Agriculture is Missouri's number one industry, Gov. Mike Parson said Monday, as he proclaimed October "Pork Month" in the Show-Me State.
The governor's proclamation noted Missouri is seventh in the nation in pork production, with about 5 percent of the total pork market.
Pork products contribute more than $1 billion to the state's economy, "providing Missourians with nearly 25,000 jobs," Parson said.
Frank Forst, of Lamar — current chair of the Missouri Pork Producers Association — noted their work comes with headaches as well as hard work, including the costs of buildings to house their animals "in a warm, and safe, and great environment," and the fight against diseases like African Swine Fever.
Agriculture Director Chris Chinn praised Parson's knowledge and understanding of agriculture and its needs — including the need to pay bills — because Parson is a cattle farmer.
"Not many times that I remember have we ever had a farmer sitting over in the governor's seat," Chinn told department employees and pork industry leaders and producers preparing for a luncheon at the department headquarters, 1616 Missouri Blvd.
"What better way to understand the challenges — or successes — that we're having in the industry, than being the one who has to pay the feed bill, or the chemical bill or whatever it might be?"
She noted Parson has told several people he'd like to go to his farm near Bolivar so he can check on the conditions of the new calves and their mothers.
When he says that, Parson told the group, "I give them all this 'song-and-dance' story and think, 'This should be good. They ought to get it.' And they said, 'Governor, your next appointment is in 30 minutes.'"
"It's a privilege and an honor to be the governor, and to represent agriculture in this state," Parson said. " Anything I can do to support agriculture, I will do. The little things are as important as the big things."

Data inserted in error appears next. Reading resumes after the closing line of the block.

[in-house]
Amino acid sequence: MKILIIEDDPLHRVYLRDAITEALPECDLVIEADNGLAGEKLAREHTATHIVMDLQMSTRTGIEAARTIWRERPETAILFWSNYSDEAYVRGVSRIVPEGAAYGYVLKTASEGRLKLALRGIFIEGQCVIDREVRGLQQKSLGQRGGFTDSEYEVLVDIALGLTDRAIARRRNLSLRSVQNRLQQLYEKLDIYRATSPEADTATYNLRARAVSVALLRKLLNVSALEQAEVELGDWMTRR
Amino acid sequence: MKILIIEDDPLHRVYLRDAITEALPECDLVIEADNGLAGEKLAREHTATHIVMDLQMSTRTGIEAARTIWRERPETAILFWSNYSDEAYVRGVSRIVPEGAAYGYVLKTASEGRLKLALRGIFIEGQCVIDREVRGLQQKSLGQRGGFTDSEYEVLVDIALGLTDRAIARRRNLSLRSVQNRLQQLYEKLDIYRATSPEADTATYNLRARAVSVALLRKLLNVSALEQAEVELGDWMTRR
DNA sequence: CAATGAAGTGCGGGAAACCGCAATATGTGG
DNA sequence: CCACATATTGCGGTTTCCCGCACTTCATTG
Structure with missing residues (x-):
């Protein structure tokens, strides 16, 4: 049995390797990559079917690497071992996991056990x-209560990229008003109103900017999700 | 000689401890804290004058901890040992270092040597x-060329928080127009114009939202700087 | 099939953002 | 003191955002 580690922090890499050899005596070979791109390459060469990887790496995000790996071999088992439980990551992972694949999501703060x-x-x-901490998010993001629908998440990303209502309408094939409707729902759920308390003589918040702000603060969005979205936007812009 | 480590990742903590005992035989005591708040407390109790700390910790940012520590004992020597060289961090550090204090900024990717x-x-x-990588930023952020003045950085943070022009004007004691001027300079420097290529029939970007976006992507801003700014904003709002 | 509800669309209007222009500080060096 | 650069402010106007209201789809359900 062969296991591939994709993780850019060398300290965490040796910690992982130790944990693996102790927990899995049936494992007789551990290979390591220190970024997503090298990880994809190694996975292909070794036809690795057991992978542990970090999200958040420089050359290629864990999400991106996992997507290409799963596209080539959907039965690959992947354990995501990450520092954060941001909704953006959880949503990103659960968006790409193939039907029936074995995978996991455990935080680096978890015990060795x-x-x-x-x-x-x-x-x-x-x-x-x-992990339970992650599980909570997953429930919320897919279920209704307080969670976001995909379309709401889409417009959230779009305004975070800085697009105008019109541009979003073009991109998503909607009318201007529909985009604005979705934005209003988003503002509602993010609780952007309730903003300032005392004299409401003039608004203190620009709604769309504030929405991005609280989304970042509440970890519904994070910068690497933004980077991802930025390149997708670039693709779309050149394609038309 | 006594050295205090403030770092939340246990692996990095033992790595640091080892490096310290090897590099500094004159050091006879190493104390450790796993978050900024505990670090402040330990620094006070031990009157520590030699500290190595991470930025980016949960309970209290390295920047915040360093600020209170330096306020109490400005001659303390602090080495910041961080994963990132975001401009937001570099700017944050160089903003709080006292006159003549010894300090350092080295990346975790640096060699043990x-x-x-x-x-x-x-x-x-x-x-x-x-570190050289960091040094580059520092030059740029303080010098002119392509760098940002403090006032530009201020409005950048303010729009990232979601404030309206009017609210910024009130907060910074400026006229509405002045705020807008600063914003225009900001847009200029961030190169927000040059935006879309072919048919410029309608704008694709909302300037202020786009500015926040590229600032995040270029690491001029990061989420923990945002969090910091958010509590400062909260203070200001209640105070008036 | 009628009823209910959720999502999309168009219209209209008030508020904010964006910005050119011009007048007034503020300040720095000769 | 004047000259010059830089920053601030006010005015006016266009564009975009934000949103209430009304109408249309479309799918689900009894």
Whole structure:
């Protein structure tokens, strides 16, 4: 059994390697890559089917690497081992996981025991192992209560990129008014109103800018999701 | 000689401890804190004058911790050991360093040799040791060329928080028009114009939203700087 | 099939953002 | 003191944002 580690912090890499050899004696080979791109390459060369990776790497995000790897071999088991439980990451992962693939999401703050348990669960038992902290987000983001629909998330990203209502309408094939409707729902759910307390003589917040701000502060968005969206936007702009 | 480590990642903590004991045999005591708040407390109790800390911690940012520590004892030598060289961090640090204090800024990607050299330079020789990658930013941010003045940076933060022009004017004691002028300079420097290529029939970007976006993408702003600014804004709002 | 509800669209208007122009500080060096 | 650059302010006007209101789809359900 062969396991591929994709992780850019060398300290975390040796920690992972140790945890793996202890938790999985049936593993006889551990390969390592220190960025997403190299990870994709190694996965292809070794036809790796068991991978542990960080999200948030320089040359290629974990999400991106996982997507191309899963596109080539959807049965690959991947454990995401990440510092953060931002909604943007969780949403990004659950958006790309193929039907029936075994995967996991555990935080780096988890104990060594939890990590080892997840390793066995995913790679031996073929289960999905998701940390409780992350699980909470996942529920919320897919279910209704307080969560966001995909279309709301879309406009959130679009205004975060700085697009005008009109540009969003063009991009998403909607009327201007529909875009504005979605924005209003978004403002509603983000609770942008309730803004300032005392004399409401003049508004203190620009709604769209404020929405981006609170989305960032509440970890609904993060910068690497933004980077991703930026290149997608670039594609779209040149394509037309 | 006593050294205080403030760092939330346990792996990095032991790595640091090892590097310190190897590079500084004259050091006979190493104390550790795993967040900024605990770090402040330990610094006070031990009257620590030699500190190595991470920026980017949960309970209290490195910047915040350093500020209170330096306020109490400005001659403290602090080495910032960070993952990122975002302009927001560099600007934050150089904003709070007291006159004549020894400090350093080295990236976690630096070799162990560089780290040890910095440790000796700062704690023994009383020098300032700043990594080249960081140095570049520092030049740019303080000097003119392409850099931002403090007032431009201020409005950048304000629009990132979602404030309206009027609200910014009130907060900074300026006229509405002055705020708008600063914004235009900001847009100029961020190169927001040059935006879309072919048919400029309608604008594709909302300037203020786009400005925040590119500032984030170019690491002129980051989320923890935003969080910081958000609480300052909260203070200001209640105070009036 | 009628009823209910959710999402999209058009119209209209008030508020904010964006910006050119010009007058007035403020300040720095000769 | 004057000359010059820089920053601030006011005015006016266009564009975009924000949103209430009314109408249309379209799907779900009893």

Parson spent some time in Washington, D.C., last week, talking about agriculture and exports.
"One of the things we're wanting to do," Parson told reporters after the proclamation presentation ceremony, "is look at secondary markets.
"A lot of people run to China, Brazil, India — the major markets — but everybody goes there. I want to look at those secondary-tier countries, the smaller countries, that we might become trade partners with."
He noted, when he was growing up, family farms had a little bit of everything.
"I think my parents did about every aspect of it — all the way from the chicken side of it to the hog side of it to the milk cow side of it to the beef cow side of it," he said. "But I can't help thinking how agriculture has changed — and it's really changing for the better.
" The reality of it is, today we can't farm like we used to. We just can't."
The biggest change has been technology, which has improved production and helped make today's farmers "better stewards of the land" than in the past, he added.
A major challenge, the governor said, is the need to provide more food for all the world.
"We have to double the production of what's taken us over 240 years to do — we have to double that in the next 40 years, to meet the demands of the world," Parson said. "Think about how you're going to do that, because God's not going to make any more land.
"So, we've got to be better (and) more efficient at it."
In a brief news conference after the announcment of the proclamation, a reporter noted the average age for today's farmer is 58 — and Parson said he's concerned about the future of people going into agriculture.
"That's part of the workforce development plan that we're working on, and ag is going to play a role in that," the governor said. "And how do we make sure that young men and women in high school understand agriculture and what all those jobs that are out there?
"We've got to explain to people how important this is for the state of Missouri to continue that and what it takes to continue that."
Two of Parson's children have continued a career in agriculture.
But, the governor said, he understands it's tough for young people to begin making the financial investment in equipment to help operate today's farms.
"When you look back at the 1950s, for example, 50 percent of the people in this country were ag-related," Parson noted. "Someone in their family was a farmer, or had that ag background.
"Today, it's less than 2 percent."
Parson acknowledged some people argue tourism is Missouri's number one industry, with agriculture in second place.
"That's a good problem to have," the governor said. "Both tourism and agriculture play a huge role in the state of Missouri and are, sometimes, overlooked.
"I really want to highlight, as governor of the state of Missouri, how important those are and, really, what they bring to the state of Missouri."